#8 Blue-Eyed Leucistic Ball Python
The blue-eyed leucistic ball python is a snake known for its stunning light blue eyes. They are easily identifiable due to their completely white scaling. It’s known as the “Blue Eyed Lucy” or “BEL” and is extremely rare. For breeding to produce blue eyes and coloring, a successful low pigmentation needs to be inherited from a Butter, Lesser, Mojave, Phantom, or Russo snake.
#9 Piebald Camel
Some camels, such as piebald camels with more white on their head, end up with blue eyes. They are also known for developing heterochromia of the iris, which can result in one brown and one blue eye.
#10 Blue-Eyed Anglehead Lizard
The Blue-Eyed Anglehead Lizard has large, beautiful, vibrant blue eyes. However, only the males of the species have blue-colored irises. This is likely tied to the Y chromosome, as females tend to have brown eyes.
#11 Wild Horses
Horses have beautiful blue or brown eyes, depending on their genetics. Breeds with white markings or light-colored coats, such as the Akhal Teke, are more likely to develop blue eyes. This is mainly because the lighter coats and markings affect melanin levels. So, horses will have low melanin in their irises, creating a blue color.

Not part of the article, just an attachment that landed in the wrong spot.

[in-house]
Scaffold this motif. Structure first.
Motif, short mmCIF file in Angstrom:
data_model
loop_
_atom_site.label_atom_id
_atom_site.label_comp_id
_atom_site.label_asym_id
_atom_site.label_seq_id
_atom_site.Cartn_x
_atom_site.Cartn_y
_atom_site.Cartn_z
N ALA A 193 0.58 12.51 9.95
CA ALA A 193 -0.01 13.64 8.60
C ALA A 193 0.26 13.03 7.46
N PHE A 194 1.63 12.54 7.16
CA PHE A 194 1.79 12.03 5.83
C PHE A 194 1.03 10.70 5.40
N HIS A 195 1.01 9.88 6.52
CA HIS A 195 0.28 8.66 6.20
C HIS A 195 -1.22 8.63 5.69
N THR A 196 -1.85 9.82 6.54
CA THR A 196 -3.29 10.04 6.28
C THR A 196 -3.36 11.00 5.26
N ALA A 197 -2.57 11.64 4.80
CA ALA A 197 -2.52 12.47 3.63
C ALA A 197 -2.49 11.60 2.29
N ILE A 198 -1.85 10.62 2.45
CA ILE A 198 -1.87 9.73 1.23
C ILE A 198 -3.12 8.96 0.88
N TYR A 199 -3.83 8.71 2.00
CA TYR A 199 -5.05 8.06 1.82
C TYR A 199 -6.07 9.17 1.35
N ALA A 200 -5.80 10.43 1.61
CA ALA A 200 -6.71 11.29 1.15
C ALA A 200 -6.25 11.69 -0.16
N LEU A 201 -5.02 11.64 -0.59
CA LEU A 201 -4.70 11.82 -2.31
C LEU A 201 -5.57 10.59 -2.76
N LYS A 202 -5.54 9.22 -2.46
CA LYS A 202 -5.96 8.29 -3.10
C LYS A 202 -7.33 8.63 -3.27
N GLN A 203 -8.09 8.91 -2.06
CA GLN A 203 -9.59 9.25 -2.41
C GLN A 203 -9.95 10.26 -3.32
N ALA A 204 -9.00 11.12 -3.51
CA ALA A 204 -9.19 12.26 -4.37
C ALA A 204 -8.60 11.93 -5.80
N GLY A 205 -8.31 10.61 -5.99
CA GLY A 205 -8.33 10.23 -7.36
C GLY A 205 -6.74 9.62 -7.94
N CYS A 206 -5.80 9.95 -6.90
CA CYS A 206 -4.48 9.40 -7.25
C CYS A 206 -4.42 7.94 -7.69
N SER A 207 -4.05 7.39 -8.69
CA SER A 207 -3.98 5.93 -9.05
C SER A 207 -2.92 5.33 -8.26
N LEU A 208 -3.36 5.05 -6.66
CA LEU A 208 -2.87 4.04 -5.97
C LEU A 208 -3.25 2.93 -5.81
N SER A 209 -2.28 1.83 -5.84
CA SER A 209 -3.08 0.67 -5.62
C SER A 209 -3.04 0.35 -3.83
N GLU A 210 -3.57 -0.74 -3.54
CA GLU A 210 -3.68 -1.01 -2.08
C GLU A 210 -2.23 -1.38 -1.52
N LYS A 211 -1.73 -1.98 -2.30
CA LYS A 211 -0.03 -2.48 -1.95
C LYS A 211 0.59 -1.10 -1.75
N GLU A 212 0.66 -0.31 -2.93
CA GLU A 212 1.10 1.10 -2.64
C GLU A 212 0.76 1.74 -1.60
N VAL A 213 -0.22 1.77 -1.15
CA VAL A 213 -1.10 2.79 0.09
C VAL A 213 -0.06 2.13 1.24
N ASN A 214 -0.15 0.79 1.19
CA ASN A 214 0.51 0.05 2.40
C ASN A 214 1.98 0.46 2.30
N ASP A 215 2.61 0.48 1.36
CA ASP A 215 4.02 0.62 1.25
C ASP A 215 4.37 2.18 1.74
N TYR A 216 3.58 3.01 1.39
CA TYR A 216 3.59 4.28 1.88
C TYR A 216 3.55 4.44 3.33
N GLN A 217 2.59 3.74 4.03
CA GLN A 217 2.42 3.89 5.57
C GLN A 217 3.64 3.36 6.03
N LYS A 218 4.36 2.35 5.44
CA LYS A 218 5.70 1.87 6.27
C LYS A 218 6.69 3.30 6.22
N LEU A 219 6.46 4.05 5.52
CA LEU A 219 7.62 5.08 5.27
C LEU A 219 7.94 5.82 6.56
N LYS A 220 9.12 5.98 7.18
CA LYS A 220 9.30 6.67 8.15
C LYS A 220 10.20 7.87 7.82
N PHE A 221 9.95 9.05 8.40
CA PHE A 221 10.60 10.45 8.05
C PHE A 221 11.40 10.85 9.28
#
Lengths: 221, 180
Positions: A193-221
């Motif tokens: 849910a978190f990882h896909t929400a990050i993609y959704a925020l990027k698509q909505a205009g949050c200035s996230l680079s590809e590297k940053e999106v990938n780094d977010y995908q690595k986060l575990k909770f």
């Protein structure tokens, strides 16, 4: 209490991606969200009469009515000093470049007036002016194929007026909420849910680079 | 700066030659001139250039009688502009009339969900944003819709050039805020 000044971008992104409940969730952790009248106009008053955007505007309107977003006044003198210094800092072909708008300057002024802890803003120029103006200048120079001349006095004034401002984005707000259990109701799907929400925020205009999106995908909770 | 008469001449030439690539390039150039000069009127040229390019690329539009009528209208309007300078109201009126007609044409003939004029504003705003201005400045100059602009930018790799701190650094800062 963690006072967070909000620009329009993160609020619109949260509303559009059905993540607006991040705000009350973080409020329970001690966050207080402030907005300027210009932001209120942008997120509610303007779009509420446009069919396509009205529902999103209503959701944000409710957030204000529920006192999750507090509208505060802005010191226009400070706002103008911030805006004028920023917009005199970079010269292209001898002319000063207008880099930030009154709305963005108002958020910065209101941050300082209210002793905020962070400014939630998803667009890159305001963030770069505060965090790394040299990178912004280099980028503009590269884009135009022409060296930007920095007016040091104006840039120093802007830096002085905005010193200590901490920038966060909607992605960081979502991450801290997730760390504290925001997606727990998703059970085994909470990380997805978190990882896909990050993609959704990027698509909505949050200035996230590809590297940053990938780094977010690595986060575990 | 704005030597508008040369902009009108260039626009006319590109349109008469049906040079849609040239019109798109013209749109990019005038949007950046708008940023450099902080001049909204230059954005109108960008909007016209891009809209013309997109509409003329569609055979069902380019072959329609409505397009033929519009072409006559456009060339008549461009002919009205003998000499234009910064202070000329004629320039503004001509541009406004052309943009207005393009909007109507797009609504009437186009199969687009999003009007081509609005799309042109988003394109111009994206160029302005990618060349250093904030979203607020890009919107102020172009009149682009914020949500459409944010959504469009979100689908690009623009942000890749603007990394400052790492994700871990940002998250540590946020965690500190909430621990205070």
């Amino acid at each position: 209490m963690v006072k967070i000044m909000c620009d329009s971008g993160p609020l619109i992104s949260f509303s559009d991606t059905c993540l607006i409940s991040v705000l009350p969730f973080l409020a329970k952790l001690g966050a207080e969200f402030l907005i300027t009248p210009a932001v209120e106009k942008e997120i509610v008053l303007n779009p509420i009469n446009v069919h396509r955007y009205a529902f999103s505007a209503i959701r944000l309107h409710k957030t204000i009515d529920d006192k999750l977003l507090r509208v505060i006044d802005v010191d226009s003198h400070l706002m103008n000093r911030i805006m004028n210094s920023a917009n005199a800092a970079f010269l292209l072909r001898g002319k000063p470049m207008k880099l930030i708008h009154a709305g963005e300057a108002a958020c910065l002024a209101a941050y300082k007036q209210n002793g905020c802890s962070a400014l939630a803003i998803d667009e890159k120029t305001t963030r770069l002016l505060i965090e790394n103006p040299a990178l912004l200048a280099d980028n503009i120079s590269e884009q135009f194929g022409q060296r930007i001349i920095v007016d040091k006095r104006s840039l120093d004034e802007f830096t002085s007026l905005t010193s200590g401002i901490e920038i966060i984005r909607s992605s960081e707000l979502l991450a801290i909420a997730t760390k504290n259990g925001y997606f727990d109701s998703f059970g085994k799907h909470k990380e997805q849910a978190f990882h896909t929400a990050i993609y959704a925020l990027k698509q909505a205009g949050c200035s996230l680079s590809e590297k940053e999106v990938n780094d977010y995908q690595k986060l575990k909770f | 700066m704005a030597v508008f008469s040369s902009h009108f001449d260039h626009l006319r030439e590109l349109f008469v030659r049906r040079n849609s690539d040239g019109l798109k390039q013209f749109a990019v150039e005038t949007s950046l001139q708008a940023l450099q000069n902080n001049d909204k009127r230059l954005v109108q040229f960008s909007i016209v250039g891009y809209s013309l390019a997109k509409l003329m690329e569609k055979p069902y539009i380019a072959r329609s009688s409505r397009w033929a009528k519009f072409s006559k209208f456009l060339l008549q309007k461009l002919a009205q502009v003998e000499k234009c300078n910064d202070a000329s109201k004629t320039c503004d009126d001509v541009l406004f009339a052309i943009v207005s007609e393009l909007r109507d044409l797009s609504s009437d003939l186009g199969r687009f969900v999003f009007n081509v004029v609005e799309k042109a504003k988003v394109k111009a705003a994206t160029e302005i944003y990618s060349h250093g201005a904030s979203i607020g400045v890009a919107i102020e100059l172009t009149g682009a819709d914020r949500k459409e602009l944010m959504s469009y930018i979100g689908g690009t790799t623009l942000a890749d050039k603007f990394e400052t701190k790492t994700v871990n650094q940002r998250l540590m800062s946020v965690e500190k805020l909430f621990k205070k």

#12 Blue-Eyed Larval Crab
One of the more unusual animals with blue eyes is the blue-eyed larval crab. It’s a small crab that has not begun its molting stage of developing a shell. During this time, the small crab has beautiful blue eyes, almost like turquoise tones.
#13 Northern Gannet
The northern gannet is a bird with icy blue eyes. Still, a bird flu infection, avian influenza, has caused part of the population to have black eyes instead. Younger Gannets tend to have dark blue-grey eyes to pale blue-grey.
#14 Yellow-Rumped Caciques
The yellow-rumped caciques are a part of the New World blackbird family and have pale blue eyes. The eye ring is sky blue, but the pupil is black. Often, their eye ring are confused to be the whites of their eyes. However, it’s due to their eyes being so big.
#15 African Bush Viper
The African bush viper often has very strong pigments in its eye. While it can come in various colors, the blue-eyed variety can be found in Africa’s DR Congo. The blue pigment can range anywhere from pale blue to bright cyan.
#16 Turkish Angora
Unlike other cat species, the Turkish Angora has a unique gene that affects their eye color. Their vibrant blue eyes are tied to a gene responsible for their hearing deafness. This gene also affects their white fur coat.
#17 Blue-Eyed Hermit
One of the main notable characteristics is its vivid blue eyes. Since the crab’s body is pink, the blue eyes stand out. There are a few different types of hermit crabs with blue eyes, including the red claw, Caribbean, and white-clawed blue-eyed hermit crabs.